Children with complex care needs (CCNs) are in need of improved access to healthcare services, communication, and support from healthcare professionals to ensure high-quality care is delivered to meet their needs. Integrated care is viewed as a key component of care delivery for children with CCNs, as it promotes the integration of healthcare systems to provide family and child-centred care across the entire health spectrum. There are many definitions and frameworks that support integrated care, but there is a lack of conceptual clarity around the term. Furthermore, it is often unclear how integrated care can be delivered to children with CCNs, therefore reinforcing the need for further clarification on how to define integrated care. An evolutionary concept analysis was conducted to clarify how integrated care for children with CCNs is defined within current literature. We found that integrated care for children with CCNs refers to highly specialised individualised care within or across services, that is co-produced by interdisciplinary teams, families, and children, supported by digital health technologies. Conclusion: Given the variation in terms of study design, outcomes, and patient populations this paper highlights the need for further research into methods to measure integrated care.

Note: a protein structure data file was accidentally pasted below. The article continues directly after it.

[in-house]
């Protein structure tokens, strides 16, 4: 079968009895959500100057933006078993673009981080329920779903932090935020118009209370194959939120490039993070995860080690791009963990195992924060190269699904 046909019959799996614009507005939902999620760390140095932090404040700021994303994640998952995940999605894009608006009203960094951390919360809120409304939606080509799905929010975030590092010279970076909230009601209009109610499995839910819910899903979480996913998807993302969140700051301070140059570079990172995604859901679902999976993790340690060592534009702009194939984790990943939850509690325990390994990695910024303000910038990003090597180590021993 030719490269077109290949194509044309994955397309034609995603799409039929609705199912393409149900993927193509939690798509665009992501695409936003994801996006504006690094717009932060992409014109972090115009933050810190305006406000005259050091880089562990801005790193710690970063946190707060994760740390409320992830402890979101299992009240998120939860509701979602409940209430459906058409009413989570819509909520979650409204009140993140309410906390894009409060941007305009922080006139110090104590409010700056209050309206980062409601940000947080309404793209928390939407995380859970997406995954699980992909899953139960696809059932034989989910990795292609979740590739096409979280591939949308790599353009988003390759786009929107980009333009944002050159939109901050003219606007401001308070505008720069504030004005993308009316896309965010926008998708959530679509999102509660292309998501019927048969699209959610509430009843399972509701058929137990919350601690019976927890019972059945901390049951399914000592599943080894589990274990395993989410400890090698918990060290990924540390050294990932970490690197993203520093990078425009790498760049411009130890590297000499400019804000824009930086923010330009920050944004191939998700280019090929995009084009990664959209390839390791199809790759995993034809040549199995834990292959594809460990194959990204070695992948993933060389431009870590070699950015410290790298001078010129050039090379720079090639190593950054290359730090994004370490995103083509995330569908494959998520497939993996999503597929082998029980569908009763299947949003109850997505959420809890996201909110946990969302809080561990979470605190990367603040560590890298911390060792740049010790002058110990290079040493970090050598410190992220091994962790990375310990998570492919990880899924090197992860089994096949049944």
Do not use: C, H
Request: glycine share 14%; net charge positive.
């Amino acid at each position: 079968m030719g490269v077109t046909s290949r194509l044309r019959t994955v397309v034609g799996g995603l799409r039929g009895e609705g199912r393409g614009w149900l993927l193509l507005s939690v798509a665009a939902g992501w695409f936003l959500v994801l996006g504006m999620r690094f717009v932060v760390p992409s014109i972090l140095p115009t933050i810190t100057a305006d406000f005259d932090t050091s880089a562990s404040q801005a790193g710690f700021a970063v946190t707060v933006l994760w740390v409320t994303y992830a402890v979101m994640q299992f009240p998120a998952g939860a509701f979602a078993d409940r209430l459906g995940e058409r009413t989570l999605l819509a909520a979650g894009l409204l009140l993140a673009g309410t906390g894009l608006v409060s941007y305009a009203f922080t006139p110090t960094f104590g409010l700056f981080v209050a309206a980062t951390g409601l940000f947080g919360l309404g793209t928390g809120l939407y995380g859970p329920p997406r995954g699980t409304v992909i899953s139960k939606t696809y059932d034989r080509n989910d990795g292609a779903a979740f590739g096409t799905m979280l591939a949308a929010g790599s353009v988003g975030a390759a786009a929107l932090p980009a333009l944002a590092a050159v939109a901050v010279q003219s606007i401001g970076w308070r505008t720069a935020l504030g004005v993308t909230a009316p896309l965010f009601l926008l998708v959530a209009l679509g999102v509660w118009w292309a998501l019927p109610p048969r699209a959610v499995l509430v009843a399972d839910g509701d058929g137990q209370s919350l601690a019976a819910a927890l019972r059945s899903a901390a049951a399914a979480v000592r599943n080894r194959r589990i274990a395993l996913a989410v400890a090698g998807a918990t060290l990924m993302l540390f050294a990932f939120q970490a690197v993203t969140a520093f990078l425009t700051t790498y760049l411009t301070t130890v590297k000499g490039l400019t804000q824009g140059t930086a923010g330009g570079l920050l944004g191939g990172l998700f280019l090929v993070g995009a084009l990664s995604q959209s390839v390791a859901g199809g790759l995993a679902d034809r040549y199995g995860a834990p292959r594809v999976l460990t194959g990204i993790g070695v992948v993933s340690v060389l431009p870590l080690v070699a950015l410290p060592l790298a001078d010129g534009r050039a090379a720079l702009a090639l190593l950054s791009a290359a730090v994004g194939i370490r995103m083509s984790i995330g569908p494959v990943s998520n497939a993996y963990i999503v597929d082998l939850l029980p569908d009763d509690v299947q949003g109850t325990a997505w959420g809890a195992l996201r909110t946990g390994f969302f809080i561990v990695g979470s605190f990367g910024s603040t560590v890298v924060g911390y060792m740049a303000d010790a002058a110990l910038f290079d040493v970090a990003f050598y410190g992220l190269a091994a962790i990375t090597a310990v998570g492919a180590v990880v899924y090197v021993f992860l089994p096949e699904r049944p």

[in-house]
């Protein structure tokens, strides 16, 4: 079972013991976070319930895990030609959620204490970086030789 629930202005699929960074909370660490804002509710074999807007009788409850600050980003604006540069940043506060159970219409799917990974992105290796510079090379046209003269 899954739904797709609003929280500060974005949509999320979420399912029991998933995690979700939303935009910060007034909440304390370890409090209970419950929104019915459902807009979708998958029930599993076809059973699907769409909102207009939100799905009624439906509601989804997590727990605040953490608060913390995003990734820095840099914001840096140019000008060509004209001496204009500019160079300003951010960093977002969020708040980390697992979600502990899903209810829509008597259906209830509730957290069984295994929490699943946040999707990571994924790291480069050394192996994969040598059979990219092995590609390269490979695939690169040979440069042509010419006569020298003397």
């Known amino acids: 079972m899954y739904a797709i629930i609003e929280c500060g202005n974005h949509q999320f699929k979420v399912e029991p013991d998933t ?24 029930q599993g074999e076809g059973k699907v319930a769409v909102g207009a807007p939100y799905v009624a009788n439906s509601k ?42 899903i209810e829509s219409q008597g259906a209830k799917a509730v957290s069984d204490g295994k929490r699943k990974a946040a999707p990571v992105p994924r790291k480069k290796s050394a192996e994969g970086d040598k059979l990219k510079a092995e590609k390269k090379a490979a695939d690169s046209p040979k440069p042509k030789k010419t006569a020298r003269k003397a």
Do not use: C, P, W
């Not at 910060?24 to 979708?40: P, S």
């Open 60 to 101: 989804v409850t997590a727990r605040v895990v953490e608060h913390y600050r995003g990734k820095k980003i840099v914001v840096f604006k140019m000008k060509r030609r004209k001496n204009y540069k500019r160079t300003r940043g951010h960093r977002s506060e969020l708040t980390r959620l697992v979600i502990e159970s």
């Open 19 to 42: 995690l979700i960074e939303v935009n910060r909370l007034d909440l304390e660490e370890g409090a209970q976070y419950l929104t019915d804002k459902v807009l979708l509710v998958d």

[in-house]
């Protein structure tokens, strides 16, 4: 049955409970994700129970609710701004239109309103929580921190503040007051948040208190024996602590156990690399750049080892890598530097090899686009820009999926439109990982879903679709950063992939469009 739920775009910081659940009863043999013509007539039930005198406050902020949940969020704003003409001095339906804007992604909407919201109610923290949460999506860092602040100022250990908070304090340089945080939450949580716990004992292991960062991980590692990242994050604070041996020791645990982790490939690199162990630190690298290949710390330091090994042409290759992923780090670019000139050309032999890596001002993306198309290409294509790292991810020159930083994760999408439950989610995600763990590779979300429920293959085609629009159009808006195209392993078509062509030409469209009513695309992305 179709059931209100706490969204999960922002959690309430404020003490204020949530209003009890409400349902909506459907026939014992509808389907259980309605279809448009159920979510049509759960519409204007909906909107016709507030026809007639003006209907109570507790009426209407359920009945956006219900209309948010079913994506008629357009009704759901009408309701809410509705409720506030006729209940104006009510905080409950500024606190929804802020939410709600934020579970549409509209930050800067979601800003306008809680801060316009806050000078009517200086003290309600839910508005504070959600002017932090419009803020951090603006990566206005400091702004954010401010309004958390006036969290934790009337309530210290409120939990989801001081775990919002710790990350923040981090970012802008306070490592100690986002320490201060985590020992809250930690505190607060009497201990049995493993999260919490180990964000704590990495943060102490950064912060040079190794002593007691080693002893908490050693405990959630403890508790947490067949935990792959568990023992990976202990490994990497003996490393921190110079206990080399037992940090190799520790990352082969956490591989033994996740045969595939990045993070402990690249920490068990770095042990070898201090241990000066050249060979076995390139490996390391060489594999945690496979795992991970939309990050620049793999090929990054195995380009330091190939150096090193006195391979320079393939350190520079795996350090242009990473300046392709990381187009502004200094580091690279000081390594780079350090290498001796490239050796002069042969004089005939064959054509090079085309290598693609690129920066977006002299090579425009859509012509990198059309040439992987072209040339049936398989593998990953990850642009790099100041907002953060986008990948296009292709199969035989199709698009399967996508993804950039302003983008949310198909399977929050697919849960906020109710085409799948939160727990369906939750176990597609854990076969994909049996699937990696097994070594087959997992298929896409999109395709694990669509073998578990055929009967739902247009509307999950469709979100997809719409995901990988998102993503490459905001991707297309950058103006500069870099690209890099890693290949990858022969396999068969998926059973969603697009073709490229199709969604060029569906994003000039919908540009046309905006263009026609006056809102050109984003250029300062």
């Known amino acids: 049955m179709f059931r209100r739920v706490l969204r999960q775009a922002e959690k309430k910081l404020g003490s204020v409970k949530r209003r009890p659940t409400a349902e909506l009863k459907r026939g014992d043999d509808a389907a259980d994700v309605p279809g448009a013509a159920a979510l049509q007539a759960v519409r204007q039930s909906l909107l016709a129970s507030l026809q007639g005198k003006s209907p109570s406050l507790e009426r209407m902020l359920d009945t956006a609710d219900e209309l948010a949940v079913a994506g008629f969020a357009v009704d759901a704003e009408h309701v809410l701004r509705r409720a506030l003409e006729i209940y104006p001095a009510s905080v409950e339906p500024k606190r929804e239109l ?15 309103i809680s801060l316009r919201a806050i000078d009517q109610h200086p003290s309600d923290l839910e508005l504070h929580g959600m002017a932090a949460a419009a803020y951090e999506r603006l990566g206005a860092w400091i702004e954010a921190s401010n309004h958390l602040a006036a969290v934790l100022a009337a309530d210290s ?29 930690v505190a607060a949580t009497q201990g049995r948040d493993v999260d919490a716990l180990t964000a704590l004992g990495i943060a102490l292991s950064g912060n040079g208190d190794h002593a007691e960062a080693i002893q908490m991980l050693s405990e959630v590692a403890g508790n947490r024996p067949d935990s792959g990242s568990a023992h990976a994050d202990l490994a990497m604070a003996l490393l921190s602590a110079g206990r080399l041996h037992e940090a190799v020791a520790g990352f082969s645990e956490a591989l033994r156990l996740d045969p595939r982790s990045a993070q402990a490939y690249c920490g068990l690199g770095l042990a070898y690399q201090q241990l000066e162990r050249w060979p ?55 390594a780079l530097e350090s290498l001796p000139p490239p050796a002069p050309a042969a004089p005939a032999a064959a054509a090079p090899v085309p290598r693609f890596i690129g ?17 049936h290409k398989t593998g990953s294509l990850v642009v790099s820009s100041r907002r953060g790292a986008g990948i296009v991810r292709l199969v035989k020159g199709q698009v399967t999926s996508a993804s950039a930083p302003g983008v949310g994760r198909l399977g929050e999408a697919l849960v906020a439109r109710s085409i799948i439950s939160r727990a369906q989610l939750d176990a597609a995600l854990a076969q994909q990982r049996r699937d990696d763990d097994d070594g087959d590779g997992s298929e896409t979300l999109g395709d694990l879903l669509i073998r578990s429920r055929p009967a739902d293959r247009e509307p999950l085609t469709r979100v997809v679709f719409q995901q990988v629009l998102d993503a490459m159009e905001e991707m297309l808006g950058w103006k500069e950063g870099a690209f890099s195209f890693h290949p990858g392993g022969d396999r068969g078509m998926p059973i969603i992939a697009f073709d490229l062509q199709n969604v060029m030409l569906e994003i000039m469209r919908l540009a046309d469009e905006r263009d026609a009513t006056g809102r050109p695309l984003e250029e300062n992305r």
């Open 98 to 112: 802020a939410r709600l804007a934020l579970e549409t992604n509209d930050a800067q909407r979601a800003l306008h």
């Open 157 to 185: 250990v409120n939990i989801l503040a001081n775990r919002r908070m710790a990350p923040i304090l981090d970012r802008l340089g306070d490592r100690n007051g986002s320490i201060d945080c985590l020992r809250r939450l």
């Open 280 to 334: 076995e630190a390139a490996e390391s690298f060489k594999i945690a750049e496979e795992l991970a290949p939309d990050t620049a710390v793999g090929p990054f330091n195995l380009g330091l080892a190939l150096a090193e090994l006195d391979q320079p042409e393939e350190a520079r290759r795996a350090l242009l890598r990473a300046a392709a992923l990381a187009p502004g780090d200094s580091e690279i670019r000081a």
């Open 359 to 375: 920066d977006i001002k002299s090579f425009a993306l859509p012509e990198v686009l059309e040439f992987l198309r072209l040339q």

Scopus© Citations 7  187
  • Publication
    Structured sedation programs in the emergency department, hospital and other acute settings: protocol for systematic review of effects and events